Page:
Film Reviews

Flag Day – Film Review

John Vogel doesn’t appear to be a particularly well-known or infamous figure in this country.  He is, however, reportedly one of America’s most notorious counterfeiters.  With Flag Day, Sean Penn stars in and directs a tale primarily focused on Vogel’s relationship with his daughter, the now-successful journalist Jennifer (Dylan Penn).  Working from a screenplay by Jez Butterworth (Skyfall, Le Mans ’66) we drop in on their story periodically from 1975 to 1992.

With a short prologue set what turns out to be after the events of the film in 1992, Jennifer is learning from a police officer, played by Regina King, of the full scale of her father’s final crime – the counterfeiting of US currency, the shock on her face indicates the film to follow will find a daughter who never truly comes to know her father to the degree she desires.

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After this, we pick up in 1975.  John is married with two children.  Jennifer has a younger brother (portrayed as an adult by Sean’s real-life son, and Dylan’s brother Hopper Penn) Nick. Their mother, Patty, is portrayed by Katheryn Winnick.  At this point they are young children, in a family unit that is not functioning at all well.  John has Jennifer drive (at the age of around 10) when he finds himself tired and (possibly) the worse for wear on a long journey, whilst John and Patty are constantly arguing.  With their father something of a hero at this point to his children, they are devastated when he leaves the house, unexpectedly not to return.

We drop in on them a few times in the years to follow.  The first time, still as young children, they spend the summer with their father and his new partner, after their relationship with their mother takes a nosedive.  From Jennifer’s perspective, we can see that John is involved with some shady characters with their first stay with them (which Jennifer assumed to be a permanent arrangement) ending after her father is clearly beaten by some of his associates (happening off-screen as this story is told entirely from her perspective, and this is not something she ever saw).  A later journey to her father, now single happens later in her teens, when her new step-father – seemingly suffering from alcoholism – makes sexual advances upon her.  This visit ends when John is arrested for a bank robbery, something about which he refuses to be honest with his daughter.  Prior to this he had attempted to find decent employment, but this ends in more lies, as John always takes the path of least resistance.

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In her father’s absence, Jennifer’s life goes off the rails.  She drops out of school, gets involved with drugs, and ends up living a nomadic existence, leading her not to receive, for many years, the hundreds of letters her father writes her from prison.  A good deal of the film’s second act deals with Jennifer’s attempts to overcome her poor start in life, her notorious family name, and her undistinguished school record, in order to try to enter the World of journalism.  The final act deals with a freshly released John attempting to reconcile with his daughter, as she slowly learns that his presenting of himself as both reformed and successful, masks more untruths and – worse – complete fantasies about his life and what he can offer his daughter.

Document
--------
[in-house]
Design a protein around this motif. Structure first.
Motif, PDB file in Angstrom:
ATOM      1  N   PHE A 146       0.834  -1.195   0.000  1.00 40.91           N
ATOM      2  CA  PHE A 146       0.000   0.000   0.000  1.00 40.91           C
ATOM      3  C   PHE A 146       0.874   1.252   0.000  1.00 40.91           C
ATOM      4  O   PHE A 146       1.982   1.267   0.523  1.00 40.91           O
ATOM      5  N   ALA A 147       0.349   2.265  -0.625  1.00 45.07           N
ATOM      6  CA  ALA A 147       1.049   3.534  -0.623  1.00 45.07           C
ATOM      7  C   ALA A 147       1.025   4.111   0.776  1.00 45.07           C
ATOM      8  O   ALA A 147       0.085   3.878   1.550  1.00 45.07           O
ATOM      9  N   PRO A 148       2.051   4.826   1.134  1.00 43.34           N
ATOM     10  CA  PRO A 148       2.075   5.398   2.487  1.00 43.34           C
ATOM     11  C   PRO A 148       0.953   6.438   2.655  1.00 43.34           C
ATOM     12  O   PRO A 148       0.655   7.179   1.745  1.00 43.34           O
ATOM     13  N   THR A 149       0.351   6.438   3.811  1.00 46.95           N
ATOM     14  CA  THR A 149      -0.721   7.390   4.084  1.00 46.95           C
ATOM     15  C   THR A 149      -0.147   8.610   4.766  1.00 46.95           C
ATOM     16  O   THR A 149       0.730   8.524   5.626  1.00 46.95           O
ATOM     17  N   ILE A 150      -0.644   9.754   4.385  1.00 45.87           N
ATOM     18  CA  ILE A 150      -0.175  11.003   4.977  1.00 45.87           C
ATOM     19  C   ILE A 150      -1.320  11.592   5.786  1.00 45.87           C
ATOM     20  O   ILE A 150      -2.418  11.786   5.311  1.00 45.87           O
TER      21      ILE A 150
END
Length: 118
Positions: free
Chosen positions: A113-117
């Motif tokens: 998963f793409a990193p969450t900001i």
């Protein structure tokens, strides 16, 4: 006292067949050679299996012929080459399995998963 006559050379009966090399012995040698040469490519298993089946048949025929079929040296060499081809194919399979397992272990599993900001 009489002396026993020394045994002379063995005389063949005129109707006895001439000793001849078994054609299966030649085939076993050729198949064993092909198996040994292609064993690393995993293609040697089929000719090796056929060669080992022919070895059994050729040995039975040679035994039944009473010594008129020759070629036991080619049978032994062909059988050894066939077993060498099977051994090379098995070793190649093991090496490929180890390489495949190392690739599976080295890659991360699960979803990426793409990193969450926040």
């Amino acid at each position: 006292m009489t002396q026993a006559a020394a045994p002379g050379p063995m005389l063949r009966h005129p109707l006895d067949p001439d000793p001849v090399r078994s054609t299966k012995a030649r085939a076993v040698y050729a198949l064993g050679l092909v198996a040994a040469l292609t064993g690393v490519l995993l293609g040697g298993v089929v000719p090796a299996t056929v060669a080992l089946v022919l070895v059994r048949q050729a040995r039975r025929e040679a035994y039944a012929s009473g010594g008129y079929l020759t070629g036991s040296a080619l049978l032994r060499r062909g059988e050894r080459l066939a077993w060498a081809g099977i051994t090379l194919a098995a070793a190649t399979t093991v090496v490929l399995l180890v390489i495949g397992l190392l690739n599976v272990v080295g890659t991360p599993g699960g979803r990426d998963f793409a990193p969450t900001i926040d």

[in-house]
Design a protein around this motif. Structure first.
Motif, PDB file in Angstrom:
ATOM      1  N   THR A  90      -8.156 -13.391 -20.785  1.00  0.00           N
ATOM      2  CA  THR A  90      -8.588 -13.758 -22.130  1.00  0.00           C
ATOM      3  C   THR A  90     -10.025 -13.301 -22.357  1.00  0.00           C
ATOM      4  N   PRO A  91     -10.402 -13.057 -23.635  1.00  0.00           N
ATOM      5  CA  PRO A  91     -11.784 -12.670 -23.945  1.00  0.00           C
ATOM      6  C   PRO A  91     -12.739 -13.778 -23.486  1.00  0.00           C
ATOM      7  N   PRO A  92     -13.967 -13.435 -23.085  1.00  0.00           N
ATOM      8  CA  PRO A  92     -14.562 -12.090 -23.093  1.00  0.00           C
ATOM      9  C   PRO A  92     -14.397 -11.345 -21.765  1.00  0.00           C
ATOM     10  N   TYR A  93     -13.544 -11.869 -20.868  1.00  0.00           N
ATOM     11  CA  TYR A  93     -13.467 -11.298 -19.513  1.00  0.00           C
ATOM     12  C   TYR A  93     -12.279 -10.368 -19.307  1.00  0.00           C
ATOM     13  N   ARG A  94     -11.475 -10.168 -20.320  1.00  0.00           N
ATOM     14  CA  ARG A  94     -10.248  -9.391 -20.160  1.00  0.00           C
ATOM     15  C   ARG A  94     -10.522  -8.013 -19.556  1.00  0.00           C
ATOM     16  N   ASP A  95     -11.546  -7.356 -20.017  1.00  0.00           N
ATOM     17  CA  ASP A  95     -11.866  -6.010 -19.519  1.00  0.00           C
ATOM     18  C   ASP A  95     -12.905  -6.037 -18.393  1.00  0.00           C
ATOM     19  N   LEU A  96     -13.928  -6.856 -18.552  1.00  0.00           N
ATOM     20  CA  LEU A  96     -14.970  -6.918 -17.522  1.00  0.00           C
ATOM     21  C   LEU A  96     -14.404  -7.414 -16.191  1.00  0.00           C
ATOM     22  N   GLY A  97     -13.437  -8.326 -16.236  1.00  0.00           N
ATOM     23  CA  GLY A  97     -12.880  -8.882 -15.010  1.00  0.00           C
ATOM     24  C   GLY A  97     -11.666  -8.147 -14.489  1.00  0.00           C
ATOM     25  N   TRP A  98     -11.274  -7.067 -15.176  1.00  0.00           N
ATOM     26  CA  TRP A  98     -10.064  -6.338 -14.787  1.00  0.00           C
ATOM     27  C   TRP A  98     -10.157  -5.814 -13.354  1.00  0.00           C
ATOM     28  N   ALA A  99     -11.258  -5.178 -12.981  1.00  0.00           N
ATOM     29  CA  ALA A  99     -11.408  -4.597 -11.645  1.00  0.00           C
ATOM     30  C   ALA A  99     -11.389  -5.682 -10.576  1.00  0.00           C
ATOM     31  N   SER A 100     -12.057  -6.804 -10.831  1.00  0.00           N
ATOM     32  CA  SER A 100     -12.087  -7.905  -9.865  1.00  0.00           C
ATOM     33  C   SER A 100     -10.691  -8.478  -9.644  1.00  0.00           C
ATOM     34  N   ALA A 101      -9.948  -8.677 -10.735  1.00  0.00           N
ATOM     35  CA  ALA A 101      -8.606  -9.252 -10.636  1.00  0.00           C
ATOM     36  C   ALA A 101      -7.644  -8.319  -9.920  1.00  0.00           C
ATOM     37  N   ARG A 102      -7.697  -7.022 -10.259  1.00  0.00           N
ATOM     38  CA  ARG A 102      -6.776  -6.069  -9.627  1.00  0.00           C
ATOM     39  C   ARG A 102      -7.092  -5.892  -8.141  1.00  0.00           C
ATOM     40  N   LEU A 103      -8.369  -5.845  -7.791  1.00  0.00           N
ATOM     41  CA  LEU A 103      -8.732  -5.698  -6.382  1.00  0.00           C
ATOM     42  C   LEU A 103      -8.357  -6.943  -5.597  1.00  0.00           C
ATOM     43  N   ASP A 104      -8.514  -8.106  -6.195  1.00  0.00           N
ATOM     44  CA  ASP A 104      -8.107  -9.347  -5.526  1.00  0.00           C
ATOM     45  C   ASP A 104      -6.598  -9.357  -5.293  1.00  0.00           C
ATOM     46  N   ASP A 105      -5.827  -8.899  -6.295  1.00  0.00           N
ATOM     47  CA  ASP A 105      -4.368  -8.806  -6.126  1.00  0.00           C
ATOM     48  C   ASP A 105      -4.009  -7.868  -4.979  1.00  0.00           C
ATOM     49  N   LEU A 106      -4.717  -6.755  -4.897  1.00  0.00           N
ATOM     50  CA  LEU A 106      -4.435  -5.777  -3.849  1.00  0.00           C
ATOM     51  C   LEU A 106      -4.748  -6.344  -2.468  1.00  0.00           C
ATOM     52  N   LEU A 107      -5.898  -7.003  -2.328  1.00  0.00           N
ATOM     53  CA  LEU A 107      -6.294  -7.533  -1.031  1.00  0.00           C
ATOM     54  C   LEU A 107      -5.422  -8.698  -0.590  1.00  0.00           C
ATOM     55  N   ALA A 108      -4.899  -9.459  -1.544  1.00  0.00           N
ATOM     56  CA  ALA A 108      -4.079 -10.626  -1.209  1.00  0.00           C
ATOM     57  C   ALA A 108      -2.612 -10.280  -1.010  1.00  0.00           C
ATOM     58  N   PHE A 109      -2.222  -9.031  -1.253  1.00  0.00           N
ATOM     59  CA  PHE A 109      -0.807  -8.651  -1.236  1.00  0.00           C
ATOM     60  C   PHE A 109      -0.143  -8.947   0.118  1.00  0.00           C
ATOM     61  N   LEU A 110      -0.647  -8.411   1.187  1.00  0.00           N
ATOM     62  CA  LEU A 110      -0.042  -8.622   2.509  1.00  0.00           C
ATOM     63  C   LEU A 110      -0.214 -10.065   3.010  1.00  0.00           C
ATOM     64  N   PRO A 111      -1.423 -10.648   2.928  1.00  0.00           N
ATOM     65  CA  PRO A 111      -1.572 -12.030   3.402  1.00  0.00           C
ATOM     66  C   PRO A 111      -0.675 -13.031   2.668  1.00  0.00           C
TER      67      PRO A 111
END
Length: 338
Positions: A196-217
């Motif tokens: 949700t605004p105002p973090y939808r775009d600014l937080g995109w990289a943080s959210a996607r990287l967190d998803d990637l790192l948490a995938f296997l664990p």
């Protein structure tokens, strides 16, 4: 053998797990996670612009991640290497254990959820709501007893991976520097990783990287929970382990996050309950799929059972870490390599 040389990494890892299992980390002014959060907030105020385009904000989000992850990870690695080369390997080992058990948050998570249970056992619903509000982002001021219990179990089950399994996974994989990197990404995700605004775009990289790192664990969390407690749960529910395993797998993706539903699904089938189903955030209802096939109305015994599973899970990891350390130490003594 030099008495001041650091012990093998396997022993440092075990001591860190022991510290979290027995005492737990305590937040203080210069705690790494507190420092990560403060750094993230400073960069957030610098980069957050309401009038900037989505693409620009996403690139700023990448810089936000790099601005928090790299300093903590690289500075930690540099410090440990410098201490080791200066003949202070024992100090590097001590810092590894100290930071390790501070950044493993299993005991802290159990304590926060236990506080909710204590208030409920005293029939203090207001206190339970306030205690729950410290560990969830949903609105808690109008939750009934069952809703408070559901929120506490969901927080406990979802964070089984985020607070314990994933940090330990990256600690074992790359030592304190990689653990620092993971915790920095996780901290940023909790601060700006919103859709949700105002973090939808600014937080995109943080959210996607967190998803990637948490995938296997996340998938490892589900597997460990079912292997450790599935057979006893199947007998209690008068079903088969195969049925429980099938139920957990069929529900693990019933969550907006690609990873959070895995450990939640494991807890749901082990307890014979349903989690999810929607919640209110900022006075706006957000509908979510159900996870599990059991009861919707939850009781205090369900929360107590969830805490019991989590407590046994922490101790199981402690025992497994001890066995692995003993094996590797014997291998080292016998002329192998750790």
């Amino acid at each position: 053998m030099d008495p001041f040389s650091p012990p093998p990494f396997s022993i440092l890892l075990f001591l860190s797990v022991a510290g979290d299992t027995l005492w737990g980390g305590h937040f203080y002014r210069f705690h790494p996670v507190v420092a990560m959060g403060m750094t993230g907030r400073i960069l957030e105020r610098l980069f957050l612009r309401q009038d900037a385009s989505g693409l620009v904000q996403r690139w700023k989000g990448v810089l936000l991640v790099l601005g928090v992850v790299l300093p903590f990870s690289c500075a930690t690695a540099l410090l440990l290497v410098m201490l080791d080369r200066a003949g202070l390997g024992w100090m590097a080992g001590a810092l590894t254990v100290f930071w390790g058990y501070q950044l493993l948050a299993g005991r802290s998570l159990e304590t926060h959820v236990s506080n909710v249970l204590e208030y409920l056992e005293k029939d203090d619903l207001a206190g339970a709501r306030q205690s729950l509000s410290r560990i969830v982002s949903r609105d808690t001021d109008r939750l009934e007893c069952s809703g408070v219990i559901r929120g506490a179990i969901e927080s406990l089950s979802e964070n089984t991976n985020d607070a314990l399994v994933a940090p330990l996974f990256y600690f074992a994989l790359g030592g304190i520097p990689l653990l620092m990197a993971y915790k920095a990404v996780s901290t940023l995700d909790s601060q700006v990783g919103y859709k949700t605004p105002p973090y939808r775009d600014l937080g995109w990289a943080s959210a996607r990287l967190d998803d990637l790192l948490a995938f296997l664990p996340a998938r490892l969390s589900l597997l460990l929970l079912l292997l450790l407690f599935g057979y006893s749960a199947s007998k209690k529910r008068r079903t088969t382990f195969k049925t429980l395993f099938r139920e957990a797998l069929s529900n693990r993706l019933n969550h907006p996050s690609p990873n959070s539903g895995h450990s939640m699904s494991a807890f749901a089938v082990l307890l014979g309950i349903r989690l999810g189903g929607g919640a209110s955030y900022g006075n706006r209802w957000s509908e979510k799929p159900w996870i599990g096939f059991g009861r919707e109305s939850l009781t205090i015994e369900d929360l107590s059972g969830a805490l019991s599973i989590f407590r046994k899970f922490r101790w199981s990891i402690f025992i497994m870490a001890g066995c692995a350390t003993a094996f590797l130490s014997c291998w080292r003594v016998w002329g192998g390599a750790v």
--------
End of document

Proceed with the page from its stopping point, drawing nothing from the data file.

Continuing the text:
In casting his own children in the role, Penn clearly leaves himself open to suggestions of nepotism.  Though we should remember that Francis Ford Coppola was not shy in having his family involved in all of the Godfather films, and, with one exception, those decisions all paid off.  Similar is true here.  The family ties feel so much more authentic when we see Sean Penn interacting with the spitting image of the young Robin Wright – Dylan’s mother – and this is not distracting in the way it could have been.  More than this, Dylan proves to be an outstanding actress, a talent for whom the sky is the limit.  Despite Sean’s name being the marquee one, Flag Day is 100% Jennifer’s story, and Dylan Penn gives an exceptional performance.

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At 108 minutes, the film could probably be tightened a little, as shots and scenes tend to linger, but Penn has produced an elegant, beautifully shot film, for which credit must be given to cinematographer Daniel Moder.  Perhaps the biggest compliment that can be given to the film, is that it was not until the very end of the film that it was clear that this was based upon a true story, as it was not remotely obvious that John Vogel was a real-life notorious figure.  That’s because Flag Day is not about John, it is about a father and his daughter, and in the way the story is constructed we see only what she does.

The gaps we all have in our understanding and knowledge of our parents are all reflected in the telling of this tale.  It is held back from greatness by its pacing and its tendency to melodrama.  At its worst it can resemble a TV film, but it is all shot and performed with such quality that this was only an occasional thought, though this will be a deal-breaker for some viewers.  Whilst it is entirely necessary that we don’t really know John, it can lead to his feeling something of an archetype rather than a person, in places.  That said, this is a terrific, thoughtful piece of work, complemented by a well-chosen soundtrack, and elevated by outstanding performances.

Flag Day is out in cinemas and on digital on 28th January from Vertigo Releasing.

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